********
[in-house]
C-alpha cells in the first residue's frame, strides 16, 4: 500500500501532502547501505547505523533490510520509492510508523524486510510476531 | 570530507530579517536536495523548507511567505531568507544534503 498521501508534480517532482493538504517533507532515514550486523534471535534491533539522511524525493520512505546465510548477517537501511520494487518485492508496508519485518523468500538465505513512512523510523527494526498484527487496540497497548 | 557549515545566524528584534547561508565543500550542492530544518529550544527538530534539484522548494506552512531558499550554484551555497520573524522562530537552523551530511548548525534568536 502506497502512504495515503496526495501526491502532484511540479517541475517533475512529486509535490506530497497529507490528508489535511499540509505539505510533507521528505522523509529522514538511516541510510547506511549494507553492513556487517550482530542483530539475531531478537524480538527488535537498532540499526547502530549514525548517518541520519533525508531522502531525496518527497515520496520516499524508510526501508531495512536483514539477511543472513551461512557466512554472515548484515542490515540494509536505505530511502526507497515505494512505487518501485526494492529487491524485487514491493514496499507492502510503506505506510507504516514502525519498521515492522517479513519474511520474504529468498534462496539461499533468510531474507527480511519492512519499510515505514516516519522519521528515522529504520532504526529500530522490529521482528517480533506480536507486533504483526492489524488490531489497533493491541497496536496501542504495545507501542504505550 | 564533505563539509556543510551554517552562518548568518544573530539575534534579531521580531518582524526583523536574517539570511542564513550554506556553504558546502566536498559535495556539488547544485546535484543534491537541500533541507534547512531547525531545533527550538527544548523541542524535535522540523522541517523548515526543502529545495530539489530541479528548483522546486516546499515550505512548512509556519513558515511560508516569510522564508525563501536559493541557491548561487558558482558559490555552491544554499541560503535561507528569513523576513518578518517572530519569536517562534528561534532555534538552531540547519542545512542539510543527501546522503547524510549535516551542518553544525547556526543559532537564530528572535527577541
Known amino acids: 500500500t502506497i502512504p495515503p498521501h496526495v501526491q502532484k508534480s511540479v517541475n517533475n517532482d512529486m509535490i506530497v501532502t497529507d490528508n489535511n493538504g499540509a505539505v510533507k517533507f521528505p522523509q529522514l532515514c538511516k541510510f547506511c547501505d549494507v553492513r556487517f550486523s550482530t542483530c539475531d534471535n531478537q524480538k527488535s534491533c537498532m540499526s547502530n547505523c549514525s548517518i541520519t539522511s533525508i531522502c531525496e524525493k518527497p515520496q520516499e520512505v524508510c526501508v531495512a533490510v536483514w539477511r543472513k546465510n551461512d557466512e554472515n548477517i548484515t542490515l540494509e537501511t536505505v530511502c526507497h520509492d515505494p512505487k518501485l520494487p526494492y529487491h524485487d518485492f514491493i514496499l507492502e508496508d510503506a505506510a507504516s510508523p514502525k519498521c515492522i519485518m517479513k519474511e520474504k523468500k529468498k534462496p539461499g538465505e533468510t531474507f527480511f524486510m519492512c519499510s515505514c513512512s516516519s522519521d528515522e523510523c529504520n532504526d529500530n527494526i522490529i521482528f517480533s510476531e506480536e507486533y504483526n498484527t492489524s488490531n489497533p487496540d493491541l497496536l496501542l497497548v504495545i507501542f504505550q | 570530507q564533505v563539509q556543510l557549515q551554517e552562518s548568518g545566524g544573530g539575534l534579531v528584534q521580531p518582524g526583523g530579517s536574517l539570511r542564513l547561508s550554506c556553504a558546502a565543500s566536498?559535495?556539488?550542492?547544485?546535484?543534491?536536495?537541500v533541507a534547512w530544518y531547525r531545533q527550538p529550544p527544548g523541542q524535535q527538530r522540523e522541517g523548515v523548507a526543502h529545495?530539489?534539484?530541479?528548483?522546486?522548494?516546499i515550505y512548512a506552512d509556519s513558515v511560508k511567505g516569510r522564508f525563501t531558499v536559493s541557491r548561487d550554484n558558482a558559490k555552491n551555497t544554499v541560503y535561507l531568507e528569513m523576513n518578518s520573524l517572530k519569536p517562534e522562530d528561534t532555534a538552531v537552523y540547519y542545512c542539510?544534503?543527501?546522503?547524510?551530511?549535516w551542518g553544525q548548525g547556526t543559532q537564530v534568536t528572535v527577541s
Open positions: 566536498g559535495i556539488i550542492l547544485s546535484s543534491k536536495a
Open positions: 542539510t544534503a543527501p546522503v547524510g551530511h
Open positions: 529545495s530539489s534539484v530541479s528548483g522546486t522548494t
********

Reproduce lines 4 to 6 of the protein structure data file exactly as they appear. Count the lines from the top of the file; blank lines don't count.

Open positions: 566536498g559535495i556539488i550542492l547544485s546535484s543534491k536536495a
Open positions: 542539510t544534503a543527501p546522503v547524510g551530511h
Open positions: 529545495s530539489s534539484v530541479s528548483g522546486t522548494t